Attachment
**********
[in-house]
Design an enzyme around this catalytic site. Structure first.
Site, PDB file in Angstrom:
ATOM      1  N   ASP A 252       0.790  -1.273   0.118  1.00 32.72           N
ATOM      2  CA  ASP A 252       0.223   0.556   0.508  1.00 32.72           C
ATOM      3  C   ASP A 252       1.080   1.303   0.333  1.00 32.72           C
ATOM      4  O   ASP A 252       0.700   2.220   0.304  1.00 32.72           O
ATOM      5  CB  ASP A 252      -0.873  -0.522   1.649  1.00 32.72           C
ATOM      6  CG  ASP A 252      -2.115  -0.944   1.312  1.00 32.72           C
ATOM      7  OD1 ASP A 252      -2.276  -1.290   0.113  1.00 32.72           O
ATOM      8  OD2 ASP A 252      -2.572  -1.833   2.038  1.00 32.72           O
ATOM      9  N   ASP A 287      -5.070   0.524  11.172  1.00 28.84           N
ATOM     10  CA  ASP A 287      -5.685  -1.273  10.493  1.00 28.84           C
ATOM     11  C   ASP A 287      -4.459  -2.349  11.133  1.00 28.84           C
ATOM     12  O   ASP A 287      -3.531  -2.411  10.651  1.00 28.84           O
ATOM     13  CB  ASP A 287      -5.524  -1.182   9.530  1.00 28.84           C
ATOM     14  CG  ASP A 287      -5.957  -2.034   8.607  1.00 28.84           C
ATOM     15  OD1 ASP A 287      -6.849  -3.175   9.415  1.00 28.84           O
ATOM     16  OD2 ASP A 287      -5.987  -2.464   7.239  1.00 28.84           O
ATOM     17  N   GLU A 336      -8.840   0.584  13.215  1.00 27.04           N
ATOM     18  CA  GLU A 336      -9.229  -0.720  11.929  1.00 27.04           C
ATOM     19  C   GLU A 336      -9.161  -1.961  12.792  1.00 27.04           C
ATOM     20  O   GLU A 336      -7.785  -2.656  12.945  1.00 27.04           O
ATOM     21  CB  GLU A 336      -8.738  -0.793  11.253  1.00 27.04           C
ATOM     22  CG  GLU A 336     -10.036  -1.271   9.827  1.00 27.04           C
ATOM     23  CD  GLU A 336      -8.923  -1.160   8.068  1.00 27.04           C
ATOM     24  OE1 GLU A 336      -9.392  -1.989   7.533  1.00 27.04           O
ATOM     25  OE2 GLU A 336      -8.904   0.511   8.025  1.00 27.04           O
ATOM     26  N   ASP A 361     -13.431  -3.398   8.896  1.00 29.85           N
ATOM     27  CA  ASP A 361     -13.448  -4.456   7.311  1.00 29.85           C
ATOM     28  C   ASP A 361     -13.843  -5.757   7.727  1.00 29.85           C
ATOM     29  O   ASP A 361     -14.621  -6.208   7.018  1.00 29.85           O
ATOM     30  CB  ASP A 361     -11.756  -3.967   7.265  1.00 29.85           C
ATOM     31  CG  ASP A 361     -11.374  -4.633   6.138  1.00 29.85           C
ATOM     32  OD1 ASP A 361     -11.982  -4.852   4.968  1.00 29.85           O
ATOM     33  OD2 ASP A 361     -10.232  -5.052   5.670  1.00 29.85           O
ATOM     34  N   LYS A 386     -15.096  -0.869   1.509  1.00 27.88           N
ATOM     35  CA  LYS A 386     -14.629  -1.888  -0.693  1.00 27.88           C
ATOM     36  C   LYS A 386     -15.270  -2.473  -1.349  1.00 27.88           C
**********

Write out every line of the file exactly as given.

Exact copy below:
[in-house]
Design an enzyme around this catalytic site. Structure first.
Site, PDB file in Angstrom:
ATOM      1  N   ASP A 252       0.790  -1.273   0.118  1.00 32.72           N
ATOM      2  CA  ASP A 252       0.223   0.556   0.508  1.00 32.72           C
ATOM      3  C   ASP A 252       1.080   1.303   0.333  1.00 32.72           C
ATOM      4  O   ASP A 252       0.700   2.220   0.304  1.00 32.72           O
ATOM      5  CB  ASP A 252      -0.873  -0.522   1.649  1.00 32.72           C
ATOM      6  CG  ASP A 252      -2.115  -0.944   1.312  1.00 32.72           C
ATOM      7  OD1 ASP A 252      -2.276  -1.290   0.113  1.00 32.72           O
ATOM      8  OD2 ASP A 252      -2.572  -1.833   2.038  1.00 32.72           O
ATOM      9  N   ASP A 287      -5.070   0.524  11.172  1.00 28.84           N
ATOM     10  CA  ASP A 287      -5.685  -1.273  10.493  1.00 28.84           C
ATOM     11  C   ASP A 287      -4.459  -2.349  11.133  1.00 28.84           C
ATOM     12  O   ASP A 287      -3.531  -2.411  10.651  1.00 28.84           O
ATOM     13  CB  ASP A 287      -5.524  -1.182   9.530  1.00 28.84           C
ATOM     14  CG  ASP A 287      -5.957  -2.034   8.607  1.00 28.84           C
ATOM     15  OD1 ASP A 287      -6.849  -3.175   9.415  1.00 28.84           O
ATOM     16  OD2 ASP A 287      -5.987  -2.464   7.239  1.00 28.84           O
ATOM     17  N   GLU A 336      -8.840   0.584  13.215  1.00 27.04           N
ATOM     18  CA  GLU A 336      -9.229  -0.720  11.929  1.00 27.04           C
ATOM     19  C   GLU A 336      -9.161  -1.961  12.792  1.00 27.04           C
ATOM     20  O   GLU A 336      -7.785  -2.656  12.945  1.00 27.04           O
ATOM     21  CB  GLU A 336      -8.738  -0.793  11.253  1.00 27.04           C
ATOM     22  CG  GLU A 336     -10.036  -1.271   9.827  1.00 27.04           C
ATOM     23  CD  GLU A 336      -8.923  -1.160   8.068  1.00 27.04           C
ATOM     24  OE1 GLU A 336      -9.392  -1.989   7.533  1.00 27.04           O
ATOM     25  OE2 GLU A 336      -8.904   0.511   8.025  1.00 27.04           O
ATOM     26  N   ASP A 361     -13.431  -3.398   8.896  1.00 29.85           N
ATOM     27  CA  ASP A 361     -13.448  -4.456   7.311  1.00 29.85           C
ATOM     28  C   ASP A 361     -13.843  -5.757   7.727  1.00 29.85           C
ATOM     29  O   ASP A 361     -14.621  -6.208   7.018  1.00 29.85           O
ATOM     30  CB  ASP A 361     -11.756  -3.967   7.265  1.00 29.85           C
ATOM     31  CG  ASP A 361     -11.374  -4.633   6.138  1.00 29.85           C
ATOM     32  OD1 ASP A 361     -11.982  -4.852   4.968  1.00 29.85           O
ATOM     33  OD2 ASP A 361     -10.232  -5.052   5.670  1.00 29.85           O
ATOM     34  N   LYS A 386     -15.096  -0.869   1.509  1.00 27.88           N
ATOM     35  CA  LYS A 386     -14.629  -1.888  -0.693  1.00 27.88           C
ATOM     36  C   LYS A 386     -15.270  -2.473  -1.349  1.00 27.88           C